We finally left Phuket on Monday the 2nd of September after spending eleven ‘easy’ days on the island. Easy in the sense that we didn’t really leave our comfort zone yet and no ‘culture shock’ due to all the other tourists and generally good English-speaking staff and hotels and restaurants.
We took a minivan to Krabi and then got on the back of ‘n pickup taxi to the Ao nam mao pier, but we soon realised that it might take forever, due the driver first going in the opposite direction looking for more passengers. We thus politely got off, paid the driver, and ordered a Grab Taxi at 5 times the cost of the Song-Thaew (this is what the pickup truck with benches are called).
We got to the pier in comfort and within 20 minutes. From the pier we got a long-tail boat to Rai Lay. A long-tail boat uses a normal car or truck engine above water with a long ‘tail’ extending into the water with a propeller at the end. It’s loud and not environmentally friendly, but it’s the only option available.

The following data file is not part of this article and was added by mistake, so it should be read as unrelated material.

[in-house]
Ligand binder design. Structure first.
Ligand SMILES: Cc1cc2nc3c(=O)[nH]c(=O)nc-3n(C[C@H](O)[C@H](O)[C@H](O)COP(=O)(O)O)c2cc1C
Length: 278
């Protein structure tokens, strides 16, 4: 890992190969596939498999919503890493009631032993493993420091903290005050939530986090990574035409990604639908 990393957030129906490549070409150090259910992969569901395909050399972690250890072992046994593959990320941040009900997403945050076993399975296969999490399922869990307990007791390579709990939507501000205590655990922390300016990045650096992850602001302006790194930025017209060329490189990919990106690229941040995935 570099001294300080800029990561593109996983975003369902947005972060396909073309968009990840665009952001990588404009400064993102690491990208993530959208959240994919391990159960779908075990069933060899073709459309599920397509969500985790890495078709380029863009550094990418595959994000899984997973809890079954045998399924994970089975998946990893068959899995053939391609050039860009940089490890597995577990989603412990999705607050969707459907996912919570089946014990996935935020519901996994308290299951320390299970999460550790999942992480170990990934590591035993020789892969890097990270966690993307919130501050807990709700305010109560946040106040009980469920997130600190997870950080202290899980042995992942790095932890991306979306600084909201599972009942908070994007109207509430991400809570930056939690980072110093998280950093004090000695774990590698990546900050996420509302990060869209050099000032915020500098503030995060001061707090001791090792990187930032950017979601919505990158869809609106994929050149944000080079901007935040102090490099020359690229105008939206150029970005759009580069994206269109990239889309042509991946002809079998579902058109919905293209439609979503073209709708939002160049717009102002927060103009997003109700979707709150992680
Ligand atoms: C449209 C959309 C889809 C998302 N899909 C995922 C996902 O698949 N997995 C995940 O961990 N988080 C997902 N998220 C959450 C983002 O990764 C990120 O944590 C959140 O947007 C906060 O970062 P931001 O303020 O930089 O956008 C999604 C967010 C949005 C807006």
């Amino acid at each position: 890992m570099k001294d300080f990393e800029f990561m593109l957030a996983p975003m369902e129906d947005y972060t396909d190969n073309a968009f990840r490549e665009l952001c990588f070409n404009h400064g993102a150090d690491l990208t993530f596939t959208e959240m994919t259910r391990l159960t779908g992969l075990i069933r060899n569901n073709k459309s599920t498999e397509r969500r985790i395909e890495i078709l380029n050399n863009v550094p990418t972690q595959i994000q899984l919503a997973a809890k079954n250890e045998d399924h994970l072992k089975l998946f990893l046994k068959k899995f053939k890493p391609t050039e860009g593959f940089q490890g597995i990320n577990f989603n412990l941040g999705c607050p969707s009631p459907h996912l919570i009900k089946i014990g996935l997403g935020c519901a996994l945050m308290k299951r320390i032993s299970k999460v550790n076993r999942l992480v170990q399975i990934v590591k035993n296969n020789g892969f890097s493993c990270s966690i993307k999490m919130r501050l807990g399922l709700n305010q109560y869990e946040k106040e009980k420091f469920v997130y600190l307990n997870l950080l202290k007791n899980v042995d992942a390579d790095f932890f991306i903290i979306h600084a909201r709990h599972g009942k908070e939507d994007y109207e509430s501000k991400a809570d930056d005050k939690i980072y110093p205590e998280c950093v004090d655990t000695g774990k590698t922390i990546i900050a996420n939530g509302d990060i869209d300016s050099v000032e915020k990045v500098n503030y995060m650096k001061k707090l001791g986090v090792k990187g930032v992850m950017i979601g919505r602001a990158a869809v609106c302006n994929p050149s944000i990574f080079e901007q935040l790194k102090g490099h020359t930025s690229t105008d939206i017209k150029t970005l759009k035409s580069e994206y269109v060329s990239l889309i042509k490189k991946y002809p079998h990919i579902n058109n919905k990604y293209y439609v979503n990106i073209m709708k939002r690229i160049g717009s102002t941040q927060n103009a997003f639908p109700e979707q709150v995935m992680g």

Rai Lay is technically part of the mainland of Thailand, but due to the high limestone cliffs the only way to reach it is by boat, thus making it a so-called ‘half-island’, also there’s ocean on three sides.
We stayed on Rai Lay for 4 nights in two different places next to each other. We first opted for a more expensive place, but the cheaper place the Diamond Cave Resort turned out to be the better one. We got our own standalone bungalow and the swimming pool was crystal clear and right next to a massive limestone cliff which housed the impressive phra nang nai cave.
In the mornings we went swimming and even snorkelling on Ao Phra Nang Beach before the day trippers arrive.
We hiked up to the viewpoint and walked on the forest path.
In the evenings we ate at different restaurants
It did rain during our stay, but there was mostly pleasant weather for swimming and lying on the beach. Despite Rai Lay still being a so called ‘tourist-trap’, we still enjoyed it a lot as it was much quieter and more relaxed compared to Phuket. On the flip side it is sad to see the pollution on the beaches, which is probably a direct result of tourism.
From Rai Lay we booked a ‘combined’ ticket (long-tail boat and two minivan transfers) all the way across the breadth of the country to Surat Thani, which is on the Gulf of Thailand. It only took four hours. And so our Andaman Sea run and first 15 days in Thailand came to an end. Up next, the slow way to Bangkok and some trains.